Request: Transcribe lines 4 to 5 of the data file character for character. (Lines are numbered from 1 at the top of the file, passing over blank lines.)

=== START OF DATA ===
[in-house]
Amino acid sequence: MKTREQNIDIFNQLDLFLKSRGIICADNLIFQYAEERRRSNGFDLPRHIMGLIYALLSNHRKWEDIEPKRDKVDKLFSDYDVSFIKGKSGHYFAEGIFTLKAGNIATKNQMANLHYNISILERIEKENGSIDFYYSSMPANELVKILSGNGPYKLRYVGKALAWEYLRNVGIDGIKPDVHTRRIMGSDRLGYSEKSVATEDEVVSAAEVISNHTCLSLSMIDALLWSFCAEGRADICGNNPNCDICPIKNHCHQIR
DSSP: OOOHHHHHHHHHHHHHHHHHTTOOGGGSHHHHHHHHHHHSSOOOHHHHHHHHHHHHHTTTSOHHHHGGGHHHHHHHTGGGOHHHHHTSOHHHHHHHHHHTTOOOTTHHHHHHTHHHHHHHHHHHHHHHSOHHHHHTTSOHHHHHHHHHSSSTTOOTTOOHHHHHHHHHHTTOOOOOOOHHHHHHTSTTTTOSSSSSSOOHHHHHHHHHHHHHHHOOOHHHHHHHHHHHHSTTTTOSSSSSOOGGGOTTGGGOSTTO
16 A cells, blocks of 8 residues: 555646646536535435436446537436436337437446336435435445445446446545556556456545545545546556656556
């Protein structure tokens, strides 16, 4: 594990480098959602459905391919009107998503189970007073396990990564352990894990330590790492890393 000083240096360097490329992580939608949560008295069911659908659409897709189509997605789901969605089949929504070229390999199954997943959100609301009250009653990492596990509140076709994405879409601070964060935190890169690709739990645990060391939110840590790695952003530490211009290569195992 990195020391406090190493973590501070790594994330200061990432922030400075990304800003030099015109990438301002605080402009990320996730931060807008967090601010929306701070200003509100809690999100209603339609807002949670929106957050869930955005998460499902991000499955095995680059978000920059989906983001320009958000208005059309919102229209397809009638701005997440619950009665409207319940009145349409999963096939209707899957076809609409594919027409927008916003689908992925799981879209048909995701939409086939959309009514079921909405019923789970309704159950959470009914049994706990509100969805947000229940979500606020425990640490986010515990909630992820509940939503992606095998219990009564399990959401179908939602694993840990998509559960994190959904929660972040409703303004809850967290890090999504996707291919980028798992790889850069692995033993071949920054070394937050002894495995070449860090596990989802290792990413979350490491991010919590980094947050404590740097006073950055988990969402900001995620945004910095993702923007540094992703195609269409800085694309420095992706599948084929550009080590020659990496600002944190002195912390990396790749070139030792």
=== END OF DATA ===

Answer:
16 A cells, blocks of 8 residues: 555646646536535435436446537436436337437446336435435445445446446545556556456545545545546556656556
């Protein structure tokens, strides 16, 4: 594990480098959602459905391919009107998503189970007073396990990564352990894990330590790492890393 000083240096360097490329992580939608949560008295069911659908659409897709189509997605789901969605089949929504070229390999199954997943959100609301009250009653990492596990509140076709994405879409601070964060935190890169690709739990645990060391939110840590790695952003530490211009290569195992 990195020391406090190493973590501070790594994330200061990432922030400075990304800003030099015109990438301002605080402009990320996730931060807008967090601010929306701070200003509100809690999100209603339609807002949670929106957050869930955005998460499902991000499955095995680059978000920059989906983001320009958000208005059309919102229209397809009638701005997440619950009665409207319940009145349409999963096939209707899957076809609409594919027409927008916003689908992925799981879209048909995701939409086939959309009514079921909405019923789970309704159950959470009914049994706990509100969805947000229940979500606020425990640490986010515990909630992820509940939503992606095998219990009564399990959401179908939602694993840990998509559960994190959904929660972040409703303004809850967290890090999504996707291919980028798992790889850069692995033993071949920054070394937050002894495995070449860090596990989802290792990413979350490491991010919590980094947050404590740097006073950055988990969402900001995620945004910095993702923007540094992703195609269409800085694309420095992706599948084929550009080590020659990496600002944190002195912390990396790749070139030792």